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More than half of the world's energy consumption is accounted for by a few regions in the world: China (23%), the United States (18%), Europe (14%), India (6%) and Russia (5%). In comparison, the African continent, which includes 63 countries and 17% of the world's population, consumes only 3% of the world's energy. China was at the same level of consumption as the African continent only 40 years ago. From 1980 to 2000, it doubled its consumption; between 2000 and 2019 it quadrupled it. If all countries that are currently low energy consumers follow China's example, global energy consumption will explode in the coming decades[1].

Today, the highest energy consumption per capita per year is that of a Qatari with 198,000 KWh, closely followed by an Icelander with 180,000 KWh[2]. This compares with an American (88,000 KWh), a European (31,000 KWh) or an African (4,000 kWh)[3]. An inhabitant of Chad consumes about 98 kWh per year, i.e. 2,000 times less than a Qatari, or 320 times less than a European!

In 2019, 13% of the world's population still lacks access to electricity. That is almost 1 billion people, twice the population of Europe (EU 27)[4] . In concrete terms, this means no electricity for lighting, for cooking, for young people to study at night. Without access to electricity, the chances of improving one's living conditions are extremely low. Unthinkable for a European, but this is everyday life for far too many people.

The Organisation for Economic Co-operation and Development (OECD) predicts that global gross domestic product (GDP) will quadruple between 2011 and 2060, with a shift in production and consumption to emerging and developing economies[5] . It also predicts a near doubling of fossil fuel use and hence greenhouse gas emissions, if no significant innovation is introduced in the meantime. Global material use is also expected to more than double. The use of non-metallic minerals, such as sand, gravel and limestone (e.g. for making cement) will continue to grow. A huge amount of sand, iron and other materials will have to be extracted.

Without a radical change in our energy mix and our production and consumption patterns, greenhouse gas emissions and environmental impacts will explode. While energy efficiency and "sobriety" are essential levers of action for rich countries (50% of global emissions are generated by 10% of the population, i.e. 750 million people[6] ), they are inappropriate for 90% of the world's population, which aspires to a better quality of life.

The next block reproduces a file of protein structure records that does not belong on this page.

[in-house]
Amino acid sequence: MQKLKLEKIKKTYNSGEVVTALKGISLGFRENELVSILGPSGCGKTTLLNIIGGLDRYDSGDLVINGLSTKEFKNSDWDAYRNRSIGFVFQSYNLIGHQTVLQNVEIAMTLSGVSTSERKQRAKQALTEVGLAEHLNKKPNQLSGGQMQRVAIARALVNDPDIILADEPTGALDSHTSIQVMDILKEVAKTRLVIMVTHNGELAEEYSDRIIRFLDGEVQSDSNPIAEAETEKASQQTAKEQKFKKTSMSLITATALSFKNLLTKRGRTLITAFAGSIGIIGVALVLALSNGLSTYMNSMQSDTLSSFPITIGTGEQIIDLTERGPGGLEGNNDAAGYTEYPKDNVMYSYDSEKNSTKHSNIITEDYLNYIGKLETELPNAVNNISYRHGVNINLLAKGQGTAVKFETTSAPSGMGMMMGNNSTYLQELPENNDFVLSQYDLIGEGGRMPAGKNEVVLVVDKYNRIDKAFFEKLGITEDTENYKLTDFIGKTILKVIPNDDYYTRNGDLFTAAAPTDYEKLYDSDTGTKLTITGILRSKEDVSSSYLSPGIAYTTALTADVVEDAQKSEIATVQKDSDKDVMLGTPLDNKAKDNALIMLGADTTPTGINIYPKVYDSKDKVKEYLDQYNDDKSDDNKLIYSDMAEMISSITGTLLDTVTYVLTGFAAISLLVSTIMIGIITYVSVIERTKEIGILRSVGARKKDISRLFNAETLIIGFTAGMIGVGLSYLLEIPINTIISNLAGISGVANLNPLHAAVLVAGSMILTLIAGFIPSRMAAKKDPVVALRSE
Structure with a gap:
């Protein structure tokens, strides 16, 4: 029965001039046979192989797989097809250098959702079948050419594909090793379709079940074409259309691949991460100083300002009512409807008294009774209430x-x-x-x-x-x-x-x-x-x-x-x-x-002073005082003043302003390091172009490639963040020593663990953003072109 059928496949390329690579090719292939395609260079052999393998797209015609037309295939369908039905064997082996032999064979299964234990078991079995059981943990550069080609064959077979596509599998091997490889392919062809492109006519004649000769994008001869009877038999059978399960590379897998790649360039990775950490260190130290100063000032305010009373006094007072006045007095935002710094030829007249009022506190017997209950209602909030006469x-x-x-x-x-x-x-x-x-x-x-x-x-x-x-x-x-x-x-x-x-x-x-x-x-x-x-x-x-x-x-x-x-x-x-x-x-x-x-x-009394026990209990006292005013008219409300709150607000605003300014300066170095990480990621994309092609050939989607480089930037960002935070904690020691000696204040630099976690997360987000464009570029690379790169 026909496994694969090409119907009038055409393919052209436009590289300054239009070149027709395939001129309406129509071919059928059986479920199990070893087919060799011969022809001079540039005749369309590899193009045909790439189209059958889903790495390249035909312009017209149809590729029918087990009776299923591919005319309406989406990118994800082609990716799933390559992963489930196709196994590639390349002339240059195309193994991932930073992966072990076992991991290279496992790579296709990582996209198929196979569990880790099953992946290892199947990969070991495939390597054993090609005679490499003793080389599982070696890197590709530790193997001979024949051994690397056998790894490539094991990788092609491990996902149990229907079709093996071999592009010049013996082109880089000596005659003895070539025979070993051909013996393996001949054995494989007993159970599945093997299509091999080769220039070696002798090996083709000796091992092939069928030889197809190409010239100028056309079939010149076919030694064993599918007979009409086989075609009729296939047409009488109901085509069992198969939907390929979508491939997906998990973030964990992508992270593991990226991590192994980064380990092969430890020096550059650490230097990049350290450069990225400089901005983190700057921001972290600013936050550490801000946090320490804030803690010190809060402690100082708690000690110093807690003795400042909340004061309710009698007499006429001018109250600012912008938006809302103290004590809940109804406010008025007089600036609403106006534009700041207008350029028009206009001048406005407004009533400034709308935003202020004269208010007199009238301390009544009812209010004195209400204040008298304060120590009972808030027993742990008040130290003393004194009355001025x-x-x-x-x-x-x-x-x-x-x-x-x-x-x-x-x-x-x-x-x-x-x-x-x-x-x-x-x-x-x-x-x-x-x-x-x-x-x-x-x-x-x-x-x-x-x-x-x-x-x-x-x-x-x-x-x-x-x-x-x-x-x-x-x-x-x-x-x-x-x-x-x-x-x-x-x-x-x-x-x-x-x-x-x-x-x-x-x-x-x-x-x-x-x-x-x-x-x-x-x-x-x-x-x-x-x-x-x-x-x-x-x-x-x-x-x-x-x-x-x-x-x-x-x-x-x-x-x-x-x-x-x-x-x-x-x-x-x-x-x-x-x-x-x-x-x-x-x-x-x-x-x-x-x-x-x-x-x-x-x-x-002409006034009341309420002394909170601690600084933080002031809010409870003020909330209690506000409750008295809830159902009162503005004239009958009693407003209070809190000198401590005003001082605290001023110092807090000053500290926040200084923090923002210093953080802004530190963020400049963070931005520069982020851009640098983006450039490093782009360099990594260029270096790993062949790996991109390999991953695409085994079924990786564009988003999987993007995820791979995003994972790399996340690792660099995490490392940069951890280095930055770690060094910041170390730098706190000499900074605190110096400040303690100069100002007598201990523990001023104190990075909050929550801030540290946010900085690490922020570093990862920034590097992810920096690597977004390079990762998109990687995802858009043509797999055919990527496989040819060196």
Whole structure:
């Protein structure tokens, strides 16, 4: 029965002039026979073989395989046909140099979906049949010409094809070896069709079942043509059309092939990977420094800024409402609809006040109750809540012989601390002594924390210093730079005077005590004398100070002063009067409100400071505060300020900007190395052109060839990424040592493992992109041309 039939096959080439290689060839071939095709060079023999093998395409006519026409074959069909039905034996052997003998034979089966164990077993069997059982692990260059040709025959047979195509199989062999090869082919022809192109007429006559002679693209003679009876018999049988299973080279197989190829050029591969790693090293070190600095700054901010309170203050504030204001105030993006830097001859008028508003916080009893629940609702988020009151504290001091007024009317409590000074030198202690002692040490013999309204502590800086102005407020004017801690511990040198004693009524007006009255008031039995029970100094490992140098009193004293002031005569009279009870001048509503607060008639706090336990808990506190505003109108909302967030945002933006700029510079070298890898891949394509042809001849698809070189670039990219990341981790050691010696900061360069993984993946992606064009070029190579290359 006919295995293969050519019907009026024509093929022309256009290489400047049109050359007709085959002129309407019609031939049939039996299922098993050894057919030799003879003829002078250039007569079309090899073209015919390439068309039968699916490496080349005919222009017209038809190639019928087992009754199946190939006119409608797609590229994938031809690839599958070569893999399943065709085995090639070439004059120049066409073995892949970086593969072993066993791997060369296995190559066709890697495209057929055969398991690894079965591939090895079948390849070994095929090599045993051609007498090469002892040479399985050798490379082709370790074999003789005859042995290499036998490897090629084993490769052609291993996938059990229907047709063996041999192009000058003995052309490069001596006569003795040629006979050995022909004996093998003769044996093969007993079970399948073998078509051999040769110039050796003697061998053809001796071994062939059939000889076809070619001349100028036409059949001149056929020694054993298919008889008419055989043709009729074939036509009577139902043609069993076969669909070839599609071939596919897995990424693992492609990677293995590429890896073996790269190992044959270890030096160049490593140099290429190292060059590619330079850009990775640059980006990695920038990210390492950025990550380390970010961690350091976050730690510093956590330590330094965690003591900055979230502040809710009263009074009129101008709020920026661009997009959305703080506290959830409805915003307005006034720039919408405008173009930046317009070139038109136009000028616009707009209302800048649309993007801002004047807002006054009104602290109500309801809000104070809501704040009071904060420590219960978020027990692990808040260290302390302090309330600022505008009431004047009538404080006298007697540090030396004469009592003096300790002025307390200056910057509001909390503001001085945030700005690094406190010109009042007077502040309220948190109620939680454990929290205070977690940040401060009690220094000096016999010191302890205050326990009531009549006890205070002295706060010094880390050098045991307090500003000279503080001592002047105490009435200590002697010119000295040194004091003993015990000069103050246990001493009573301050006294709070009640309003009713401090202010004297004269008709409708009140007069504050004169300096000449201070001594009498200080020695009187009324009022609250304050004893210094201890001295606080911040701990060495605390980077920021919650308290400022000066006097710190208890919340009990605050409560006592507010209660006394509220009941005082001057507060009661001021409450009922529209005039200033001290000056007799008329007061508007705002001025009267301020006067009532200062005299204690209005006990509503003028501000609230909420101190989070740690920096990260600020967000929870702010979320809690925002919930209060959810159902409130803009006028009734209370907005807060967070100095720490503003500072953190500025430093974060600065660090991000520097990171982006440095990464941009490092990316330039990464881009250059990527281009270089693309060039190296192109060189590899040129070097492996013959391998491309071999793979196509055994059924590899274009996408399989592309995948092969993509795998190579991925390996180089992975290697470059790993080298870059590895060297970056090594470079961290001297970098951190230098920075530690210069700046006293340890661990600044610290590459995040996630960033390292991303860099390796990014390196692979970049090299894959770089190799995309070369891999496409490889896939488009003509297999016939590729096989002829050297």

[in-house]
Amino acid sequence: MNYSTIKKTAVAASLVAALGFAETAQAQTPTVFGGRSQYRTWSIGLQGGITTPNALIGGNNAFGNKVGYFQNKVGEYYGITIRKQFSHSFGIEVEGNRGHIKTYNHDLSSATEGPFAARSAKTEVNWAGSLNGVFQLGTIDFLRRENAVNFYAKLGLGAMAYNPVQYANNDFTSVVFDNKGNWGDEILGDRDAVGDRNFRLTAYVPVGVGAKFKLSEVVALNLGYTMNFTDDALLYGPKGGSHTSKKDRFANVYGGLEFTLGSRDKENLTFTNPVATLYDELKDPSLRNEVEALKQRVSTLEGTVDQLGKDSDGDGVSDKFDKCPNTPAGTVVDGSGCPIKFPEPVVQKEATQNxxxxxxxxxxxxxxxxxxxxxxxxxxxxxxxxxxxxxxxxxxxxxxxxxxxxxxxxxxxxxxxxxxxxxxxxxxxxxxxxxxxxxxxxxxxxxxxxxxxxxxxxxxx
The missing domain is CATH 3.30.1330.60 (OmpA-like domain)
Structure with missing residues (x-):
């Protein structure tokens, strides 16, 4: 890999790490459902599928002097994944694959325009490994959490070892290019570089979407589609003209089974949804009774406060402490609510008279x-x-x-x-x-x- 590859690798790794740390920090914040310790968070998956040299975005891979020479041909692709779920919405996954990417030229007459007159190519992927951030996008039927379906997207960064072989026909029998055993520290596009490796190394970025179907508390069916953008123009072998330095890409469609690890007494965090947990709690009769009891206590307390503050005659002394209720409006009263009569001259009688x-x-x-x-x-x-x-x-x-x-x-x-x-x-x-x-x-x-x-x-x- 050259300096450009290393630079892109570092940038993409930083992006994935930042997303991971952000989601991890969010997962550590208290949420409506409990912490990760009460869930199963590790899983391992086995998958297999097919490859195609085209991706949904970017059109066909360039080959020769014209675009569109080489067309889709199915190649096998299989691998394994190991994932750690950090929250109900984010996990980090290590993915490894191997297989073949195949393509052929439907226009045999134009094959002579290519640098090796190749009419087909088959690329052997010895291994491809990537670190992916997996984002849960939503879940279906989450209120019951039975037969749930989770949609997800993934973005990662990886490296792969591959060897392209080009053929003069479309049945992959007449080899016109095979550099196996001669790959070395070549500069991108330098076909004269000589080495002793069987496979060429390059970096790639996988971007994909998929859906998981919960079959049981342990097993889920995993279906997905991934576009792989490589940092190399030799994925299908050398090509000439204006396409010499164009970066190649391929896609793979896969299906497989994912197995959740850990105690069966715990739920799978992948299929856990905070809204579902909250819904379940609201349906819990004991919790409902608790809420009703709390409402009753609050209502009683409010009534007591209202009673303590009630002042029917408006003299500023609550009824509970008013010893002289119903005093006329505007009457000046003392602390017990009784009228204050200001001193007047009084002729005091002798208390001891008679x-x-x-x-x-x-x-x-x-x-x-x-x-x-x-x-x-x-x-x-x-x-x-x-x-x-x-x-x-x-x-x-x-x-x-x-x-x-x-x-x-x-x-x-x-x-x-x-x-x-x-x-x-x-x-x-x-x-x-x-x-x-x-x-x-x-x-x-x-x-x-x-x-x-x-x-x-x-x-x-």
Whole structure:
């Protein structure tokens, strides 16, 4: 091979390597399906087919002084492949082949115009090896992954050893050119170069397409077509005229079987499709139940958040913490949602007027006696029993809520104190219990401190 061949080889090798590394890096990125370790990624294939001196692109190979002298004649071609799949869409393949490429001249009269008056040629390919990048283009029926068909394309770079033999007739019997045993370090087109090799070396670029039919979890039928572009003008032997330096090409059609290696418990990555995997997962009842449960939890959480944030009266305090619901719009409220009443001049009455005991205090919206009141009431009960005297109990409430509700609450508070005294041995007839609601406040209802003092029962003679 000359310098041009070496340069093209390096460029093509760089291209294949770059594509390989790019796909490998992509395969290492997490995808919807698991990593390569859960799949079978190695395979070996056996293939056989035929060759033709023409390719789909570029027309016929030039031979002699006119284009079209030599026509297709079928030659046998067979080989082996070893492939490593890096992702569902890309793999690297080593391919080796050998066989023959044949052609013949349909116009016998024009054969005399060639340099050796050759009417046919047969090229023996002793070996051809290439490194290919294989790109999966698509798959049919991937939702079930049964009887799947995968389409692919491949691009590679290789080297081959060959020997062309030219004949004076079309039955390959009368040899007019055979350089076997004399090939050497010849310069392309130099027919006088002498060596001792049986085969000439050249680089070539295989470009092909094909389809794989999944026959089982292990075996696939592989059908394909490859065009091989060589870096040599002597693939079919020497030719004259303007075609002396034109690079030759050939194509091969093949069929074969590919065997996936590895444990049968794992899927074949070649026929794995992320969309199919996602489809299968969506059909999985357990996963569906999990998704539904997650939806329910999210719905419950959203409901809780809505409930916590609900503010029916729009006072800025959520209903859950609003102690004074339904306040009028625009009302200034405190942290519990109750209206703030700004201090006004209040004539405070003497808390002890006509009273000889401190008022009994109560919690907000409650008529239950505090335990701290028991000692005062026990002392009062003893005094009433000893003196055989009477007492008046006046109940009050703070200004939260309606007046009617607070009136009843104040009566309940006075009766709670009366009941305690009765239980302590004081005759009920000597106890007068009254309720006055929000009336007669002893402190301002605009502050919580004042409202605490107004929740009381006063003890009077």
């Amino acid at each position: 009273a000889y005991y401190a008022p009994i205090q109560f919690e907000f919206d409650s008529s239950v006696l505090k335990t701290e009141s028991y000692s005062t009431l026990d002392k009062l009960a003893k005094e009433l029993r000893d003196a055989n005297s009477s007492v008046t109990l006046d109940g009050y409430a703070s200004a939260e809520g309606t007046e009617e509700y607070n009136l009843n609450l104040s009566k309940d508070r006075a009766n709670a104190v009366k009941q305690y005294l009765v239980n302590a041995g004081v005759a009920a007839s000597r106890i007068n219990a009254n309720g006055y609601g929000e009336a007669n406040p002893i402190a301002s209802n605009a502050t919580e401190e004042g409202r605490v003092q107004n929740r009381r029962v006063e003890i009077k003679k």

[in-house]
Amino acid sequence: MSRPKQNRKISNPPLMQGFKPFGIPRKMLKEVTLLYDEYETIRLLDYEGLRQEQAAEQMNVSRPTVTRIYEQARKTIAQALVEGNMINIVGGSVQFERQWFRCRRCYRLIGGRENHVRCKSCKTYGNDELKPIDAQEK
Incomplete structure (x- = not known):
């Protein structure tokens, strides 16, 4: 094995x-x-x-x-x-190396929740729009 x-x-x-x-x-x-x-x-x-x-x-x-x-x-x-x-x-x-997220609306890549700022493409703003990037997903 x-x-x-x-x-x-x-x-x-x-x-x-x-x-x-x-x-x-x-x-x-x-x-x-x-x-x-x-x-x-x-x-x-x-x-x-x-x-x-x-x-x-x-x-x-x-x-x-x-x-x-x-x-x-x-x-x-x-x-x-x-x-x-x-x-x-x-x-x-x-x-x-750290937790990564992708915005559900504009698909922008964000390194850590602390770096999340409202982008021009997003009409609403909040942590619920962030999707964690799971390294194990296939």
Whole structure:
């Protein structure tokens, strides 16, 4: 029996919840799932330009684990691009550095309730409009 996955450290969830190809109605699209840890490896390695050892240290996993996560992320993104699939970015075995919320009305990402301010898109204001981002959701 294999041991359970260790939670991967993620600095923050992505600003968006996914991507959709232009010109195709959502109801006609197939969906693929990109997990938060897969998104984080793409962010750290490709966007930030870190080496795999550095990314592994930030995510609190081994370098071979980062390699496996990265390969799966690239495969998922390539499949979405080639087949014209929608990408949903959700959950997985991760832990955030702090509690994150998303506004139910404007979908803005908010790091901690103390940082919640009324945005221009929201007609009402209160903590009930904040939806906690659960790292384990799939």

The energy and ecological transition is an unavoidable reality, but it must above all be egalitarian, with better distribution and management of energy and natural resources.

To achieve this transition, Western countries can tighten their belts, but this will not be enough to compensate for the increased needs. We, therefore, need innovation and investment now more than ever. A recent TED talk by Yuval Noah Harari[7] , supported by Sapienship[8], estimated that an annual investment of 2% of global GDP in clean technologies is needed to finance the energy transition. This may sound huge, but in 2008, to save the banking system, the US invested 3.5% of the global GDP. To fight the COVID-19 pandemic, countries invested a total of almost 14% of GDP. 2% of global GDP is also the number of subsidies given to oil companies every 3-4 years, or the amount of losses linked to food waste every two years. According to the same study, tax evasion amounts to 10% of global GDP.

So the problem is not financial, but political. And if it is political, it is up to each of us to make the right choices and not fight the wrong battle. It is also necessary to approach the transition with a global vision - a very large part of humanity has still not been able to benefit from the advantages of abundant and cheap energy - and local actions adapted to the specifications and needs of each region of the world.

To achieve this transition, all solutions are a priori good to take, but some are more effective than others. We will see this in the next few articles.

Do not hesitate to contact me if you have any questions.

[1] All these figures, and more, are available on the excellent Our World in Data website. [2] Although Qatar and Iceland have roughly the same energy consumption, their energy mix is very different. Qatar's energy mix is mainly fossil fuels (74% gas and 26% oil), which are high CO2 emitters, whereas Iceland gets 80% of its energy from renewable sources (mainly geothermal and hydro). The CO2 footprint of a Qatari is 106 kg per day whereas it is only 30 kg for an Icelander (even if electricity is 100% renewable, Icelanders still need oil to run their cars and factories). [3] [4] That is 447.7 million people according to Eurostat as of 07/2020. [5] OECD. Material Resources, Productivity and the Environment. (2015) doi:10.1787/9789264190504-en. [6] [7] Yuval Noah Harari: The Actual Cost of Preventing Climate Breakdown | TED [8]

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